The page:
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Mexico Economic Update

Mexico’s economy contracts at end of 2021

Jesus Cañas and Juliette Coia
Mexico Update
Mexico’s economy contracts at end of 2021

February 10, 2022

Mexico’s GDP contracted an annualized 0.4 percent in fourth quarter 2021 after falling 1.7 percent in the third quarter, resulting in a preliminary estimate of 1.6 percent for 2021 GDP growth (fourth quarter/fourth quarter). The consensus forecast for 2022 GDP growth, compiled by Banco de México, ticked up from 2.5 percent in December to 2.6 percent in January (fourth quarter/fourth quarter).[1]

The latest data available show that exports, retail sales and employment grew, while industrial production was largely unchanged. The peso recovered some in January, while inflation remained elevated, prompting the central bank to further raise the policy rate.

As in the rest of the world, new COVID-19 cases in Mexico rose strongly in recent months. In January, the number of new infections was more than double its previous peak in mid-August. New cases per day have started to decline in recent weeks but remain elevated. The vaccination rate has improved to encompass 60 percent of the population.

Output falls in fourth quarter

According to preliminary estimates, Mexico’s fourth-quarter GDP fell 0.4 percent, largely due to a contraction in service sector output, which represents 62 percent of the economy (Chart 1). The goods-producing sector (manufacturing, construction, utilities and mining) grew 0.4 percent, but output from service-related activities (wholesale and retail trade, transportation and business services) contracted 0.7 percent. Agriculture increased 0.3 percent in the fourth quarter.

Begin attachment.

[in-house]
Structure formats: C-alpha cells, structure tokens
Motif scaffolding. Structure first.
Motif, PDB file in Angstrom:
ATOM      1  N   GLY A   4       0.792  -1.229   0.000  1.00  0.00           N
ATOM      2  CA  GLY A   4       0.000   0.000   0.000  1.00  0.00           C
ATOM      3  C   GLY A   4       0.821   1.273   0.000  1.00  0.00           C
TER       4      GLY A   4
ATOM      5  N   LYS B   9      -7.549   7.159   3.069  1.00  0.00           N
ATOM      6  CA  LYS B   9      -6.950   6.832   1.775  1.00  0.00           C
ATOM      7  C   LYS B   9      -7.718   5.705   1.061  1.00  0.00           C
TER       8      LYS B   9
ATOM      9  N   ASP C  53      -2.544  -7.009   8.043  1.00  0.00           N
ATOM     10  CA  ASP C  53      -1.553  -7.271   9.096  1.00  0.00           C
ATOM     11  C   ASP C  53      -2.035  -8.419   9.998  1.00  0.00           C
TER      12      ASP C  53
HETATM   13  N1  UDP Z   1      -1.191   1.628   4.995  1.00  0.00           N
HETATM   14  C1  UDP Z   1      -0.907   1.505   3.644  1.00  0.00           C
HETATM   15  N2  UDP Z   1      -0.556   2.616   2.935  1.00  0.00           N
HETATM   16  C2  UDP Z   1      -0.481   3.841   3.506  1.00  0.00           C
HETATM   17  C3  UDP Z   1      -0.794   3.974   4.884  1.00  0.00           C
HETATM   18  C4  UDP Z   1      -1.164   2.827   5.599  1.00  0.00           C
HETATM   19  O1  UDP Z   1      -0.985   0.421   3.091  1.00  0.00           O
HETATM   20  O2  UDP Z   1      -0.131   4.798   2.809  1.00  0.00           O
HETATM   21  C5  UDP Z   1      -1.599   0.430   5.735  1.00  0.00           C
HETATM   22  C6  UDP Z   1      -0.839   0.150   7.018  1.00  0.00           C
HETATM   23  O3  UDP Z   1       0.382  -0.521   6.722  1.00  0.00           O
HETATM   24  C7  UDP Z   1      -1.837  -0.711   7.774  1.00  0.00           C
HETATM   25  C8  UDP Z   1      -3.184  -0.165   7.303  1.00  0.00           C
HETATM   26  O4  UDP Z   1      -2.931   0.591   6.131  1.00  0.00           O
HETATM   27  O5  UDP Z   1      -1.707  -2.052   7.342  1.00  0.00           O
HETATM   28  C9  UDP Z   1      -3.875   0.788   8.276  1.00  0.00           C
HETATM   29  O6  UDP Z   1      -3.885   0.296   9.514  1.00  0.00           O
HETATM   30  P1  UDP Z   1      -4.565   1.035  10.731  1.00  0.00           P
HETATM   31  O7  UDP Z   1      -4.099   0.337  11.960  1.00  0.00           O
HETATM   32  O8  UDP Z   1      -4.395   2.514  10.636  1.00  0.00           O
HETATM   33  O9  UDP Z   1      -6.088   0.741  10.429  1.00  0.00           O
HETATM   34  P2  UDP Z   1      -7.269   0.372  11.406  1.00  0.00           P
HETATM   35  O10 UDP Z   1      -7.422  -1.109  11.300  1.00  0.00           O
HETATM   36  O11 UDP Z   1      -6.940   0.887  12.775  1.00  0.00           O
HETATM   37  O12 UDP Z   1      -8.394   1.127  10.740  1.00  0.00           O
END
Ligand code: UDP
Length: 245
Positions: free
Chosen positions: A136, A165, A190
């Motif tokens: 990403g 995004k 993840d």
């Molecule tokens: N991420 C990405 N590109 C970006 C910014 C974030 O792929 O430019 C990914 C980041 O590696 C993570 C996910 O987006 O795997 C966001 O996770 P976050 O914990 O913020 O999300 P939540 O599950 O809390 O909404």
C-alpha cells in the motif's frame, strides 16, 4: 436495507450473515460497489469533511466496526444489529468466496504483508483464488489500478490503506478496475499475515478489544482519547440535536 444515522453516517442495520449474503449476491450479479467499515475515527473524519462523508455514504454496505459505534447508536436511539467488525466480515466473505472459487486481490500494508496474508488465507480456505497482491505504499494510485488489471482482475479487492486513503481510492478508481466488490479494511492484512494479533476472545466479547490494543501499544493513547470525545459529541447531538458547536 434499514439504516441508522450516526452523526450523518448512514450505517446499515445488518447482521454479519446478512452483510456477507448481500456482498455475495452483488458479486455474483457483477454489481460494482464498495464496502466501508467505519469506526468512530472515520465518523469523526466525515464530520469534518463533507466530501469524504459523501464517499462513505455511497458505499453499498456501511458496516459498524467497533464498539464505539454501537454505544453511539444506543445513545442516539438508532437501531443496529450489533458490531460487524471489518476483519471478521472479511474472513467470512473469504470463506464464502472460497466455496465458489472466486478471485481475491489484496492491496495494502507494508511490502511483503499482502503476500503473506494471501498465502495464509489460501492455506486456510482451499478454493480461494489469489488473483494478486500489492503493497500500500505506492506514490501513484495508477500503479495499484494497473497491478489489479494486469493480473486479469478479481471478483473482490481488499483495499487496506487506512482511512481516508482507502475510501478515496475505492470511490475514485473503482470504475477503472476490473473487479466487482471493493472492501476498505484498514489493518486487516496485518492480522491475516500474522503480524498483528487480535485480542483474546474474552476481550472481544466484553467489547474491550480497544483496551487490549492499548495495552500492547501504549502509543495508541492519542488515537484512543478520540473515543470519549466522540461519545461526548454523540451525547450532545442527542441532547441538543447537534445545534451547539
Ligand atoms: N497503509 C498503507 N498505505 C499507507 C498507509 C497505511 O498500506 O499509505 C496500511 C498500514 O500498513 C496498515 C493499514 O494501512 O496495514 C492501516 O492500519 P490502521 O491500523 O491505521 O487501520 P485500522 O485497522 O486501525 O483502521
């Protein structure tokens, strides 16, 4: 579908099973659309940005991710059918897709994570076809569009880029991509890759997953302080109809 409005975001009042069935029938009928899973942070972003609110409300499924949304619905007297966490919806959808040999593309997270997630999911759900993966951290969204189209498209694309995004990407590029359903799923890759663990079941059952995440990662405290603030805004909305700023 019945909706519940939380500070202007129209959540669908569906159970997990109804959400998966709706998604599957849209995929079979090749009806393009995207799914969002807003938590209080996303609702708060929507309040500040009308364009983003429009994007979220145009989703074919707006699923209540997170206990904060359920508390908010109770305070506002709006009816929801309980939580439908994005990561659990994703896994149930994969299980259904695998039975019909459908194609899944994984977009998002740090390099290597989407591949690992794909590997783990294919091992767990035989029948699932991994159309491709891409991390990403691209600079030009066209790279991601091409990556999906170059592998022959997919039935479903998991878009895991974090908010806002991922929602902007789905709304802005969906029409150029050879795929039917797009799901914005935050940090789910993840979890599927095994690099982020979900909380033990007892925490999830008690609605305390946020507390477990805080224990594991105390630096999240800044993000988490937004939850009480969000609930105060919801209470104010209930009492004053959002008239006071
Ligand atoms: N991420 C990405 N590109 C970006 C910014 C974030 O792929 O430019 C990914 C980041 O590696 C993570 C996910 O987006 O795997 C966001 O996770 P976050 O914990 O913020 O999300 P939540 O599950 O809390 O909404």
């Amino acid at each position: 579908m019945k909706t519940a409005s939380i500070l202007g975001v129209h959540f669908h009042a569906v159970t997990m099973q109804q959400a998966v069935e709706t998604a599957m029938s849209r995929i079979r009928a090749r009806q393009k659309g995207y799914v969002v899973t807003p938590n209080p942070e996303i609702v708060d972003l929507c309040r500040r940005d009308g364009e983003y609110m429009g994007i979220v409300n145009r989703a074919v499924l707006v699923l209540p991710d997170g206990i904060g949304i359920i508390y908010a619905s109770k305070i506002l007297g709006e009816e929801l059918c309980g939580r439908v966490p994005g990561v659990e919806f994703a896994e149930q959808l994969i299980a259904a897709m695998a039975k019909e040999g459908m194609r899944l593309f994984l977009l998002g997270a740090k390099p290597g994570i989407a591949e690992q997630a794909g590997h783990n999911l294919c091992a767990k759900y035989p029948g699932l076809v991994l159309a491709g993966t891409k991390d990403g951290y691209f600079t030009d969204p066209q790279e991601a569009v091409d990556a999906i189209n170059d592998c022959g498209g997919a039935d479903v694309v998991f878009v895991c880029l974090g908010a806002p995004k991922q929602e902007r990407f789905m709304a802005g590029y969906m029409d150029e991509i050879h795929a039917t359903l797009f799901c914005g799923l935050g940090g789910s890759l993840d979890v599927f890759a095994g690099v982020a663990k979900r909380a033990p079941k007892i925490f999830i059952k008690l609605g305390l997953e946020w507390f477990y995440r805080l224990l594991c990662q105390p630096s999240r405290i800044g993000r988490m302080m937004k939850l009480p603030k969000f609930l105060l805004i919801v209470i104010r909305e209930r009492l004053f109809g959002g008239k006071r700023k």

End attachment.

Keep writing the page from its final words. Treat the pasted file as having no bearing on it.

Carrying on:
Chart 1

Exports continue to improve

The three-month moving average of total exports grew 1.6 percent in December as oil exports fell 0.8 percent, but the dominant manufacturing category increased 1.9 percent (Chart 2). On a month-over-month basis, total exports contracted 0.6 percent in December; oil exports fell 8.5 percent, and manufacturing exports were flat. Mexico’s total monthly exports in December were 14.9 percent higher than prepandemic levels in February 2020.

Chart 2

Industrial production little changed

The three-month moving average of Mexico’s industrial production (IP) index—which includes manufacturing, construction, oil and gas extraction, and utilities—and manufacturing IP were relatively flat in November (Chart 3). On a month-over-month basis, IP was down 0.1 percent in November, while manufacturing IP was flat. North of the border, U.S. IP decreased 0.1 percent in December after increasing 0.7 percent in November. The three-month moving average of U.S. IP was up 0.6 percent in December. The correlation between IP in Mexico and the U.S. increased considerably with the rise of intra-industry trade between the two countries since the early 1990s.

Chart 3

Retail sales increase in November

The index of real retail sales in Mexico increased 0.6 percent based on a three-month moving average through November (Chart 4). On a month-over-month basis, retail sales increased 0.9 percent in November, slightly higher than October’s 0.2 percent growth. November retail sales were up 0.3 percent from prepandemic levels in February 2020.